{ Banner Image }

Trademark Infringement By A Competing Website? Take Action Now.

trademark infringement by a competing websiteRecently, I received a phone call from a client asking for advice on a reoccurring issue.  The client asked: “Do I have legal recourse against a competing website that is utilizing my trademark in its domain name?” 

The short answer is yes, but let's look at the reasons why.

Simply put, a domain name is a Web site's unique address on the Internet.  It can be used to identify organizations and other entities on the Web (e.g., http://www.nike.com/us/en_us/).  Like any other advertising message, signage, or other communication, a domain name can infringe upon a trademark.  However, a claim of trademark infringement involves more than simply proving that your trademark is being used in another’s domain name.

Rather, to succeed on a claim of trademark infringement, a plaintiff must prove that the defendant's use of a mark or domain name has created a "likelihood of confusion" about the origin of the defendant’s goods and services. Courts evaluate several factors to determine if a likelihood of confusion exists. In the context of a competing domain name, oftentimes it is not difficult to establish a likelihood of confusion because the “infringing” website offers competing goods or services.

The Anticybersquatting Consumer Protection Act ("ACPA") should also be kept in mind. The ACPA generally prohibits using a domain name containing another’s trademark with intent to profit. Notably, the ACPA allows penalties of up to $100,000 per domain name abuse incident.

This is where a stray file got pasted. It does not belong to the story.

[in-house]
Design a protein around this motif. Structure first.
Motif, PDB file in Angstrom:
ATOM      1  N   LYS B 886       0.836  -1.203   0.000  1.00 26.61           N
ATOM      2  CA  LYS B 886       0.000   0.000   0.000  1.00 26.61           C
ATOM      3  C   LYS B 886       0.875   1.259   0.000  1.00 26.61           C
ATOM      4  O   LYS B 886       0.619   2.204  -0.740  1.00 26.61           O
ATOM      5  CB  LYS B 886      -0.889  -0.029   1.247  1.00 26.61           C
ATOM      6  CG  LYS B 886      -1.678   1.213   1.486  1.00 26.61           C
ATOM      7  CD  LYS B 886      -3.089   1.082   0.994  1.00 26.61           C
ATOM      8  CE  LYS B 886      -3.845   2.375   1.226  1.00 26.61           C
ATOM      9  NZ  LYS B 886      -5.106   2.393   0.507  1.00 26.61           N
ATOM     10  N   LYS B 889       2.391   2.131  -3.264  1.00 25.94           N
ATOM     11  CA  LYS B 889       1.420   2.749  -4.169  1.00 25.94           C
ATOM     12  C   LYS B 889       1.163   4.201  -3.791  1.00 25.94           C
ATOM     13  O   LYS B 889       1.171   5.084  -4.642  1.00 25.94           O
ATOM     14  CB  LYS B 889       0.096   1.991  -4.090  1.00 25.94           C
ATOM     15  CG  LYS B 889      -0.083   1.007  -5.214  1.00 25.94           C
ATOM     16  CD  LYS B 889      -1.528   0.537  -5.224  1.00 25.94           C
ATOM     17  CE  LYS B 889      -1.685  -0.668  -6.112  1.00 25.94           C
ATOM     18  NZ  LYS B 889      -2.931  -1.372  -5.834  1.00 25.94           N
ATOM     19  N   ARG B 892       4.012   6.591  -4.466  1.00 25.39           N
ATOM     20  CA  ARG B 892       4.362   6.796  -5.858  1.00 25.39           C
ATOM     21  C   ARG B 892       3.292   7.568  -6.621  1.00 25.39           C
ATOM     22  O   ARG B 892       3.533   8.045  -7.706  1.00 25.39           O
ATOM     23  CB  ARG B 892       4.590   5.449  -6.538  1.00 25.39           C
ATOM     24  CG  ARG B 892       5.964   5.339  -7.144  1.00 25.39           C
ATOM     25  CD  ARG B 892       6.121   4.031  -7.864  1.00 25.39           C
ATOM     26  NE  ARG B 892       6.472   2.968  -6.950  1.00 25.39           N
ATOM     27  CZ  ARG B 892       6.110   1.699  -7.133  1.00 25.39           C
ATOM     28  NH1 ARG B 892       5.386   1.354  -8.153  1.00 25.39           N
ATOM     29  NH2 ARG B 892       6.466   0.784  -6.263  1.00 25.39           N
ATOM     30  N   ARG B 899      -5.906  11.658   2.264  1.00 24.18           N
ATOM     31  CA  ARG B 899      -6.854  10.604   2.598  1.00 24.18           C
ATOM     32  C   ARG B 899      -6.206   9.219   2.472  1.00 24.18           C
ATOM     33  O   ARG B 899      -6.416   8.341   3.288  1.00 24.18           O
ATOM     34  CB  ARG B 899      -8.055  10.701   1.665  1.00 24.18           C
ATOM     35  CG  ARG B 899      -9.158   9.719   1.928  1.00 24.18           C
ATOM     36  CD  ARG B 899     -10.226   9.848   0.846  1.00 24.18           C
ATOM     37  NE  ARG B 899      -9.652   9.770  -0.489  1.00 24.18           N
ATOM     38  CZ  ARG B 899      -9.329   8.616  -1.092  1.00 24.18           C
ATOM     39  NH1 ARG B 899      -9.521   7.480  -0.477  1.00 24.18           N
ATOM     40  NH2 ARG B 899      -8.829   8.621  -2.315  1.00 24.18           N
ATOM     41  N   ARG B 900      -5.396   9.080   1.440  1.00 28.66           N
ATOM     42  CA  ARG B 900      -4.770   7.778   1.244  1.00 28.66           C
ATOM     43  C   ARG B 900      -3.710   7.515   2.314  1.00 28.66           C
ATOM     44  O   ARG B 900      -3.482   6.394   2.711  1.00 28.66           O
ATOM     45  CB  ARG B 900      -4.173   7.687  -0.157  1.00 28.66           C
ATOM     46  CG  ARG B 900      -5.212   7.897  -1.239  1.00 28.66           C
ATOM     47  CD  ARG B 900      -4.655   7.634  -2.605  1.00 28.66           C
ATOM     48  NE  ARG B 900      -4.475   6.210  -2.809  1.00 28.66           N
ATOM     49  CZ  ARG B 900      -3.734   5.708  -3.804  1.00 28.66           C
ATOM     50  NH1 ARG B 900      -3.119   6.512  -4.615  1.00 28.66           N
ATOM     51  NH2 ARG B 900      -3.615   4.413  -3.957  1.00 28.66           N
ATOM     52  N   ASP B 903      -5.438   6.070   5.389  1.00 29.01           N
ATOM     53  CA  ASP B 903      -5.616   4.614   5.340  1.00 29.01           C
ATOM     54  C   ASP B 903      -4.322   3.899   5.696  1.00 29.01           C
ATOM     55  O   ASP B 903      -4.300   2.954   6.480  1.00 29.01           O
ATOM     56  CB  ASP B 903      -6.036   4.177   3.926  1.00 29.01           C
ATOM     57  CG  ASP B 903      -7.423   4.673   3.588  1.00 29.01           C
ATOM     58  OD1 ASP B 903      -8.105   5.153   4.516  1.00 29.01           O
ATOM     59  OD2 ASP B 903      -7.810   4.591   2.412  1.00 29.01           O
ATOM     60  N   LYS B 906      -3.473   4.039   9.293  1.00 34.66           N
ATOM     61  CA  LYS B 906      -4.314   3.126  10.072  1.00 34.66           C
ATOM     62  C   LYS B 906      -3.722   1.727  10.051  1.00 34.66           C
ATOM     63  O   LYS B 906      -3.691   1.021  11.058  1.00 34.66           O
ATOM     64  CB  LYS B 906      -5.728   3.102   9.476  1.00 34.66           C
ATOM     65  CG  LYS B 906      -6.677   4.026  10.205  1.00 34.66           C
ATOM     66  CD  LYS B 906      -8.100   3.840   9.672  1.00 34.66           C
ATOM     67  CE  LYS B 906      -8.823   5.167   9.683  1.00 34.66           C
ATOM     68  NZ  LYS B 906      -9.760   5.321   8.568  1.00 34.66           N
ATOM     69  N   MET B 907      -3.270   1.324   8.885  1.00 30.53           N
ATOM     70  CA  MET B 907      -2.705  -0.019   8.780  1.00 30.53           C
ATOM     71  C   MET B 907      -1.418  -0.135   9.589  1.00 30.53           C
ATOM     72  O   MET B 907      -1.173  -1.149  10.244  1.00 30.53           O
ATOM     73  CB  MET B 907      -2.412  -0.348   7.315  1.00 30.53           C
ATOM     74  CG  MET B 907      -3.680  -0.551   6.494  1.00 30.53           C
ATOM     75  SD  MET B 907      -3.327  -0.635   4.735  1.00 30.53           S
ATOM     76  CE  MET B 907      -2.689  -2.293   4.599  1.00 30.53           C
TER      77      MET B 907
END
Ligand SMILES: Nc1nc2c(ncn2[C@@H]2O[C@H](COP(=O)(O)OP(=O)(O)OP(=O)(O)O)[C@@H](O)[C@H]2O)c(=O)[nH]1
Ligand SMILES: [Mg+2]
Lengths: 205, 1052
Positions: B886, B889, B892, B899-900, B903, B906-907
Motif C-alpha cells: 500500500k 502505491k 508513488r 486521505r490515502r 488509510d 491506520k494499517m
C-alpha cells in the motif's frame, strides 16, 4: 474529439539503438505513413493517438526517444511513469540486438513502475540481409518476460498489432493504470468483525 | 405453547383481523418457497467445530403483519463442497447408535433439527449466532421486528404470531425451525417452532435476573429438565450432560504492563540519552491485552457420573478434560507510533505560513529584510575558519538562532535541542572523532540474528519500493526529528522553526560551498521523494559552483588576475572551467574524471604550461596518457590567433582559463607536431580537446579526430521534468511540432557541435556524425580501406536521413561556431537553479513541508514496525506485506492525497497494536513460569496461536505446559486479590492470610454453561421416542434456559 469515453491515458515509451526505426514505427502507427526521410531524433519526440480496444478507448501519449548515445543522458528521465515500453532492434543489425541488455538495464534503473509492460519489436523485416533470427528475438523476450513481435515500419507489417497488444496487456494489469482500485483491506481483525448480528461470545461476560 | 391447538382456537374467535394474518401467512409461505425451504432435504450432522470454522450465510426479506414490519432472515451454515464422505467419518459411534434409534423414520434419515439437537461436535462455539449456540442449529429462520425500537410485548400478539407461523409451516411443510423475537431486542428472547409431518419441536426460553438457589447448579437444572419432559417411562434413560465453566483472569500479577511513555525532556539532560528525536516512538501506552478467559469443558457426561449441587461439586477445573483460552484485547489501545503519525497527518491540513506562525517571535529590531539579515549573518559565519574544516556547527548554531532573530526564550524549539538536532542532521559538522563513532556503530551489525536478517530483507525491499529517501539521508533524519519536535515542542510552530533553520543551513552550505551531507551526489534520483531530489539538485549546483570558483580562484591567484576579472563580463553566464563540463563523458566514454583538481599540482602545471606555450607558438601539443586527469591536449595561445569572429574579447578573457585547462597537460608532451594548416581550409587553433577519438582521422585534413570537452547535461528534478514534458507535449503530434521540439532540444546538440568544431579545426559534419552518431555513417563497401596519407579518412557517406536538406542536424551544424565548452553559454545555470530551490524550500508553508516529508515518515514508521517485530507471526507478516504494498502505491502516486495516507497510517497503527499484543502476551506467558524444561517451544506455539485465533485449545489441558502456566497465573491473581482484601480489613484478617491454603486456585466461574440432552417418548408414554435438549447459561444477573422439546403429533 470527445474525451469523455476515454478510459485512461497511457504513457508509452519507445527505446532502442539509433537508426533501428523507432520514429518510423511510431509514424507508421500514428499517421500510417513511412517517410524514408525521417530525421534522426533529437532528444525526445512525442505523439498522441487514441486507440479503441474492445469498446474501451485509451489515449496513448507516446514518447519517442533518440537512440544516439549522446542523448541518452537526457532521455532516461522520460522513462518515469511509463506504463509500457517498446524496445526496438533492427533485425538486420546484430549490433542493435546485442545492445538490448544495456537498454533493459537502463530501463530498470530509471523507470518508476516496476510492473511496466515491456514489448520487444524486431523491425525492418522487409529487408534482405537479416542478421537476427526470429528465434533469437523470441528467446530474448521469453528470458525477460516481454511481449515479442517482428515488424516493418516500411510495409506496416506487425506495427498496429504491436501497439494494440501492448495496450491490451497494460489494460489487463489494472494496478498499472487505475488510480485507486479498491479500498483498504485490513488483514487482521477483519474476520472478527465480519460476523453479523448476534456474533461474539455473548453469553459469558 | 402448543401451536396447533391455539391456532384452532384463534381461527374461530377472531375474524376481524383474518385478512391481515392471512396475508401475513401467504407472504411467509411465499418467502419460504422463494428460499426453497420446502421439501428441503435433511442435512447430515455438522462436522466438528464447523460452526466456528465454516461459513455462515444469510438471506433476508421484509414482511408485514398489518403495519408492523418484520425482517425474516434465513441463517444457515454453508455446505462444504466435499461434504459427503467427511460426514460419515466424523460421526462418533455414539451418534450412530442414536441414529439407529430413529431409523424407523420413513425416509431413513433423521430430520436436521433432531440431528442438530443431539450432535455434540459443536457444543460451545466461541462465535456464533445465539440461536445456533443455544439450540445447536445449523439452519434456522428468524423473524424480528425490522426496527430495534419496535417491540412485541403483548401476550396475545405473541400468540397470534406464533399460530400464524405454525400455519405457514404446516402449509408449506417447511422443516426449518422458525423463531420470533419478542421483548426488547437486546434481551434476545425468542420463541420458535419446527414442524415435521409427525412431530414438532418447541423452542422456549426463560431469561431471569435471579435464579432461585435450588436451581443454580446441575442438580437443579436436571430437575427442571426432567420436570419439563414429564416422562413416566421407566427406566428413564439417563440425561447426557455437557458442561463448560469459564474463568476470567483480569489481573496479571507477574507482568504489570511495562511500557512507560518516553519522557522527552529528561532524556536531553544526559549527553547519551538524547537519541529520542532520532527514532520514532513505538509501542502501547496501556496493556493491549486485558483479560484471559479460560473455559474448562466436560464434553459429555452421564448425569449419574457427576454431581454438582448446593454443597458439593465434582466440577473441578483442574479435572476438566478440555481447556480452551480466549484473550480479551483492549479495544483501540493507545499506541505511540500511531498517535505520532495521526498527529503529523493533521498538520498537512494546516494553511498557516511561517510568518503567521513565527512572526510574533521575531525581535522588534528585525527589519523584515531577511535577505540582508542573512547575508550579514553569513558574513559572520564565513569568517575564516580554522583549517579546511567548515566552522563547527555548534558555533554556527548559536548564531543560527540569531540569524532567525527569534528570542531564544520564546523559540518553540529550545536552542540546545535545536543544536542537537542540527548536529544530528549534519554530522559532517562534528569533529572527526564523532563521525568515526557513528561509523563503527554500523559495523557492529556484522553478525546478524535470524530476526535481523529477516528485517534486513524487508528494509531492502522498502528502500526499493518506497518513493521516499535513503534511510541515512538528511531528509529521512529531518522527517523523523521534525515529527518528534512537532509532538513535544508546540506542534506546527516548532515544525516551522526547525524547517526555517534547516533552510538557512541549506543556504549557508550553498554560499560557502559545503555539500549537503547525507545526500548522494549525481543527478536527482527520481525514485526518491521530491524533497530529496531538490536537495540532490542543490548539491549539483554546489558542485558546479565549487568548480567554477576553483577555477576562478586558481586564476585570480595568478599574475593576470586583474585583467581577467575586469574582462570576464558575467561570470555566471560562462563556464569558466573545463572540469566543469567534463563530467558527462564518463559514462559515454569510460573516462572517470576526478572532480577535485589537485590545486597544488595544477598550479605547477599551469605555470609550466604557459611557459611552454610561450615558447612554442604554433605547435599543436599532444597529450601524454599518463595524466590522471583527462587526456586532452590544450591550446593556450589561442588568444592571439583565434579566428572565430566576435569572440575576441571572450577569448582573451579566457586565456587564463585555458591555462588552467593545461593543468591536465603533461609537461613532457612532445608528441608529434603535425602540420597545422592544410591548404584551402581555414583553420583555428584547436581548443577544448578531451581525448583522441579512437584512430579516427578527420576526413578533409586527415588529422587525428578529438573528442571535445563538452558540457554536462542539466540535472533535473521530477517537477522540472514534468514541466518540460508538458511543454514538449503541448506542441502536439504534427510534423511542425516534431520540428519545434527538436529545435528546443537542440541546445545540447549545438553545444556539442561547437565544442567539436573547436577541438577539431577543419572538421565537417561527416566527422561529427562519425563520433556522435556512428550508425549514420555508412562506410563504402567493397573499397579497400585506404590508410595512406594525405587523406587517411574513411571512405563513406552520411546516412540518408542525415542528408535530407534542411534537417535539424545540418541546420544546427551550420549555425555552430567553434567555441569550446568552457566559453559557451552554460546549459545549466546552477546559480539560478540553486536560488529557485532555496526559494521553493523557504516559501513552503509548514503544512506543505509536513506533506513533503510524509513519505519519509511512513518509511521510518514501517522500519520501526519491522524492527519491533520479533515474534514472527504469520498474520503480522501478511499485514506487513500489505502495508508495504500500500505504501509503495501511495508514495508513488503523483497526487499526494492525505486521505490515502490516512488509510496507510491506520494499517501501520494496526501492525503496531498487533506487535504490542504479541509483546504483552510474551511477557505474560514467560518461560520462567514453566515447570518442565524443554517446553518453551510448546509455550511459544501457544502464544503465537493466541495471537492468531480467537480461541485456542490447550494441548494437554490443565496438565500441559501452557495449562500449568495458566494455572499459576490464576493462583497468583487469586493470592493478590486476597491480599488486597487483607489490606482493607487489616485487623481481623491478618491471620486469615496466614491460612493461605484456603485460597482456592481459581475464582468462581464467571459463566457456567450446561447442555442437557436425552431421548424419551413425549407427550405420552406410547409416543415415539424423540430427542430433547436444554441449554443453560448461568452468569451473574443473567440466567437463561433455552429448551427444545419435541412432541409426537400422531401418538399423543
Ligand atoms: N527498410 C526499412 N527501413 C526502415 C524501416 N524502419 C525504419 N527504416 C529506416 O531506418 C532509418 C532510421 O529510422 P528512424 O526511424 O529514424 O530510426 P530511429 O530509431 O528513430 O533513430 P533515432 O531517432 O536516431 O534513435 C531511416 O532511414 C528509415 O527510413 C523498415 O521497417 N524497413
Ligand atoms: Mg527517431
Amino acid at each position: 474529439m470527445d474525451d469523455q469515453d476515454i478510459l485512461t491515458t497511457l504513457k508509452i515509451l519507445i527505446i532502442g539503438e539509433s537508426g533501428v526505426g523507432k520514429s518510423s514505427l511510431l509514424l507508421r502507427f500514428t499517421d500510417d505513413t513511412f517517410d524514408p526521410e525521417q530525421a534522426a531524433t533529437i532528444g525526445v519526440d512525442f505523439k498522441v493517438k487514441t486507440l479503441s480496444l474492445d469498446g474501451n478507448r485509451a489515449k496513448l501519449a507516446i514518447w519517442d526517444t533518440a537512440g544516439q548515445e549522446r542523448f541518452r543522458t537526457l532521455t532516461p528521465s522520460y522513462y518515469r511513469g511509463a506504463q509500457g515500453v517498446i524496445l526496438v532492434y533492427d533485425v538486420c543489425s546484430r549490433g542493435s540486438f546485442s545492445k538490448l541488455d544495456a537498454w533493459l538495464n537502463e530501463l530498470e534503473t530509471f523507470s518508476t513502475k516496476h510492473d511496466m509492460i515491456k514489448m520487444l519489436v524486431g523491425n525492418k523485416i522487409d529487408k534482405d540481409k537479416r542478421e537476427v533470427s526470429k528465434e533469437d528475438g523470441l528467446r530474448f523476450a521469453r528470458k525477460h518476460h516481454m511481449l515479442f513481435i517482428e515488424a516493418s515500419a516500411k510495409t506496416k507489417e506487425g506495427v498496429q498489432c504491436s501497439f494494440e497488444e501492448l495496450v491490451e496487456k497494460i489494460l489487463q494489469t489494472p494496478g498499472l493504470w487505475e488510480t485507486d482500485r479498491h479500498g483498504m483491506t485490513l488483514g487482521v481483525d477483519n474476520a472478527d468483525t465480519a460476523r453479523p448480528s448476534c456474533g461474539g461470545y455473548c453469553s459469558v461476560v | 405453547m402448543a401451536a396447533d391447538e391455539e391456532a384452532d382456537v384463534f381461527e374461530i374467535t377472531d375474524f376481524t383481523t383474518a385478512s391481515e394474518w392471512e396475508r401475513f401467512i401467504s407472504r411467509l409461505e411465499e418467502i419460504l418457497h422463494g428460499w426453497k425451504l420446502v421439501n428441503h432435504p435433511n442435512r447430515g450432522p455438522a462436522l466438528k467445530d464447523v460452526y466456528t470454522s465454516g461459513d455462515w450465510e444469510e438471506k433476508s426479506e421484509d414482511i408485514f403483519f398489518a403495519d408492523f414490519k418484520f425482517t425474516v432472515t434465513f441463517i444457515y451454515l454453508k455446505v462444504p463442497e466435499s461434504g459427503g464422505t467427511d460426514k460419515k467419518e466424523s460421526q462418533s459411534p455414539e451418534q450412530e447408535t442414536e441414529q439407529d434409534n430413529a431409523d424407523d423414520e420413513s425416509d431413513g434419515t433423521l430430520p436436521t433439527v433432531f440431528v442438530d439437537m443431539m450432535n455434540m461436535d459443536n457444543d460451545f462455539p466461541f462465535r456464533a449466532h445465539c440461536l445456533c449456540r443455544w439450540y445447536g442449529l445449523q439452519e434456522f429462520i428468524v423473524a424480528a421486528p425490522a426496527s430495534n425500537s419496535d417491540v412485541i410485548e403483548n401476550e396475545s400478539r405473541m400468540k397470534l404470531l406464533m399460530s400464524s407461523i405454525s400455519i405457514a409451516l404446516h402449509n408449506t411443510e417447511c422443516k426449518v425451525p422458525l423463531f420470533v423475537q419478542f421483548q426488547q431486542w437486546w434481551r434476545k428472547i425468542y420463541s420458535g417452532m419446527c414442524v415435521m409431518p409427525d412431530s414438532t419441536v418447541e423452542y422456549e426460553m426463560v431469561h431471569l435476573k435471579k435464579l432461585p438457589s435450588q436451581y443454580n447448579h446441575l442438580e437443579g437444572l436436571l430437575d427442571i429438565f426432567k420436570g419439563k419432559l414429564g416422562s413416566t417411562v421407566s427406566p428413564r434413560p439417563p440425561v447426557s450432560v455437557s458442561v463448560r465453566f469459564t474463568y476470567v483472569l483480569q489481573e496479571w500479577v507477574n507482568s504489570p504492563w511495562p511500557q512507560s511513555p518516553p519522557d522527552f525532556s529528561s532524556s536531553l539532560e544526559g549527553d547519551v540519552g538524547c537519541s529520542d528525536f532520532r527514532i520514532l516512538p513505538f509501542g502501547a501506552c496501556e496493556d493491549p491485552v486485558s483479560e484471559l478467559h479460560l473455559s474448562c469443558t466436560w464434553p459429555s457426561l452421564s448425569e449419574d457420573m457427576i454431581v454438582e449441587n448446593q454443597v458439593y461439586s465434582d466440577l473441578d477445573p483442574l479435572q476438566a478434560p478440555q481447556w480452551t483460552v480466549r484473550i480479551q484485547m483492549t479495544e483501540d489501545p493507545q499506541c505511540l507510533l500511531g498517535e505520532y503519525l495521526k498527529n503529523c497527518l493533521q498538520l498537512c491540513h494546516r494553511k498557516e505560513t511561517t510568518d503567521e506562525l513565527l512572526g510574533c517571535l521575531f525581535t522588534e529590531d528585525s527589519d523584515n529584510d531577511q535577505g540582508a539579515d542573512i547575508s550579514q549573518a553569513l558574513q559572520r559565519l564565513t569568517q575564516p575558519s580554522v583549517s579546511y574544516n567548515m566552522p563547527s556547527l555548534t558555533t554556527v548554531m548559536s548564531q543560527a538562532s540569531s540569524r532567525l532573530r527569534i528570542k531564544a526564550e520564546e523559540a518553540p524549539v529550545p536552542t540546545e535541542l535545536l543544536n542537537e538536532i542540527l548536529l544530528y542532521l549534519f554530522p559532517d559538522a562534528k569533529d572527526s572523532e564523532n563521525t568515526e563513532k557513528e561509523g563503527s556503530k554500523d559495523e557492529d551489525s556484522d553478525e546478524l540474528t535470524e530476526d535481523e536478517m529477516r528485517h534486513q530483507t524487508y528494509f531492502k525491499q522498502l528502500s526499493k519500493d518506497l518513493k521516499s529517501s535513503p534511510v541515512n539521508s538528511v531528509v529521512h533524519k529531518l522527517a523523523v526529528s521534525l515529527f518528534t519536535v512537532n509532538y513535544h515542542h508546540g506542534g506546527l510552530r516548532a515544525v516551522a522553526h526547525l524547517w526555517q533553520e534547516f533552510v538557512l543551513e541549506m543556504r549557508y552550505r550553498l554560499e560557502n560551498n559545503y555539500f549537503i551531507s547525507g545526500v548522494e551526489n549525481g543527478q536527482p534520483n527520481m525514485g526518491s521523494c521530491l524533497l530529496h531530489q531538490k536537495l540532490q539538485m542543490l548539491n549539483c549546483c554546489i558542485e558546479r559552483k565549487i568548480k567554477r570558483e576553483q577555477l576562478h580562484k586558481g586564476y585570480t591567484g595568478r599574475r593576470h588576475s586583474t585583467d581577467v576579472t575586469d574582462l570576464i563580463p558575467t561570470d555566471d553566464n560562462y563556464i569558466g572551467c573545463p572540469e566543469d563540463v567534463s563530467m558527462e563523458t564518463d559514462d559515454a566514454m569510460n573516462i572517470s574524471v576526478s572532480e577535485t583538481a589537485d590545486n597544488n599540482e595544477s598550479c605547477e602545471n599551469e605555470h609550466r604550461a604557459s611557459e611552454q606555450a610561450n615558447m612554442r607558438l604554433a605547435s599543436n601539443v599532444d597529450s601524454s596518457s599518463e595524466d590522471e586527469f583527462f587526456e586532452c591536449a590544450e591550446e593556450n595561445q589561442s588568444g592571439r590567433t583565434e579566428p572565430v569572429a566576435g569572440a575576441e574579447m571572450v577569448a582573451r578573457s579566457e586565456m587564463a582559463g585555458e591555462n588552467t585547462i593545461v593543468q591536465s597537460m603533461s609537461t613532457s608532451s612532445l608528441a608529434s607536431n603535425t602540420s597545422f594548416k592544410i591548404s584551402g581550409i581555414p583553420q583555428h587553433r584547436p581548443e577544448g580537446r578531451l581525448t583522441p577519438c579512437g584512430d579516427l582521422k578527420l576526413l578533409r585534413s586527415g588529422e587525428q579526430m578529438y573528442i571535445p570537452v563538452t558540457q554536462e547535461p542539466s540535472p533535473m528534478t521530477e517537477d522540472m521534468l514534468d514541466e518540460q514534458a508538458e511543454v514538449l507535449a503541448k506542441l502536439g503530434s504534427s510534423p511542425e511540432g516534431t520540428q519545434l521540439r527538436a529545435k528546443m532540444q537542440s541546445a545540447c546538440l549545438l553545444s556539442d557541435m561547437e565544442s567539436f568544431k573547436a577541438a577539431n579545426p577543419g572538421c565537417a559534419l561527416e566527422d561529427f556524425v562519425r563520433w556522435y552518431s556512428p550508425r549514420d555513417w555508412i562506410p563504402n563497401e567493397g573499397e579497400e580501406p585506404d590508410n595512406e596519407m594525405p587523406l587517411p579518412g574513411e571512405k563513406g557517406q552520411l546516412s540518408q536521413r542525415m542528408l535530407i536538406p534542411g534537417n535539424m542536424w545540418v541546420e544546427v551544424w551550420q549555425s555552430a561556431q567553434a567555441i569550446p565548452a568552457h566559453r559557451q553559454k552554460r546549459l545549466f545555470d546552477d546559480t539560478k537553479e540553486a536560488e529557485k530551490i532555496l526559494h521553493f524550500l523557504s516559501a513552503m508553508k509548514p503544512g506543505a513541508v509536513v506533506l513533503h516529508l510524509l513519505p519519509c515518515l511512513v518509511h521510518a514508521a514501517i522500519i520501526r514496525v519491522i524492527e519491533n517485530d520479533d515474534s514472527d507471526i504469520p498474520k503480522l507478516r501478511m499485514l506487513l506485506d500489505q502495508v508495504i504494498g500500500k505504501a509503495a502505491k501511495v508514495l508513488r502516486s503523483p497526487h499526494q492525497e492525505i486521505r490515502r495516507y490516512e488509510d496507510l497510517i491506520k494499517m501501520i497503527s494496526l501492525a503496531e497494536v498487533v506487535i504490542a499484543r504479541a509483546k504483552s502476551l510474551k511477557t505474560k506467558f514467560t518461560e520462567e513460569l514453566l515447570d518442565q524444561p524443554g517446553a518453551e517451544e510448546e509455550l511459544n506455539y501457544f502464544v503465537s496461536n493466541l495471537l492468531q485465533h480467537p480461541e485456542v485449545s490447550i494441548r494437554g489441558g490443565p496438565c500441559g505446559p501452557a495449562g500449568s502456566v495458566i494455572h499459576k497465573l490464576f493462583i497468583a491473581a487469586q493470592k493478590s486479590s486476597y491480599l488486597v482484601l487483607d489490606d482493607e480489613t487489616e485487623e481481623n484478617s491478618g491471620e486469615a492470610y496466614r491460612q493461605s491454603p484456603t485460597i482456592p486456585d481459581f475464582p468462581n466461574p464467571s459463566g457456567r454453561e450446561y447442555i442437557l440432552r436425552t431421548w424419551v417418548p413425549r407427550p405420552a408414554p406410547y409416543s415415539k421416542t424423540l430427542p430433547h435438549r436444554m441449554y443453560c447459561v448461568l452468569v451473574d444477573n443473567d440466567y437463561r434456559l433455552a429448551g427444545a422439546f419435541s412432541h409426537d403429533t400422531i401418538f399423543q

Oftentimes a demand letter is the best approach to remedying an infringing domain name. The demand letter will: (i) identify the infringing domain name, (ii) demand that the offending party cease and desist from using the infringing domain name, and (iii) set forth the consequences for noncompliance (i.e., possible lawsuit, penalties, and costs).  In most situations, a well constructed demand letter will convince the offending party to cease using the offending domain name.  

If you have questions regarding an infringing domain name, please contact me.

Categories: Intellectual Property, Trademarks

Photo of Nicholas M. Oertel

focuses his practice in the areas of Michigan non-property tax disputes, business entity selection, corporate transactions, and information technology.

View All Posts by Author ›

Type the following characters: hotel, niner, papa, hotel, foxtrot

* Indicates a required field.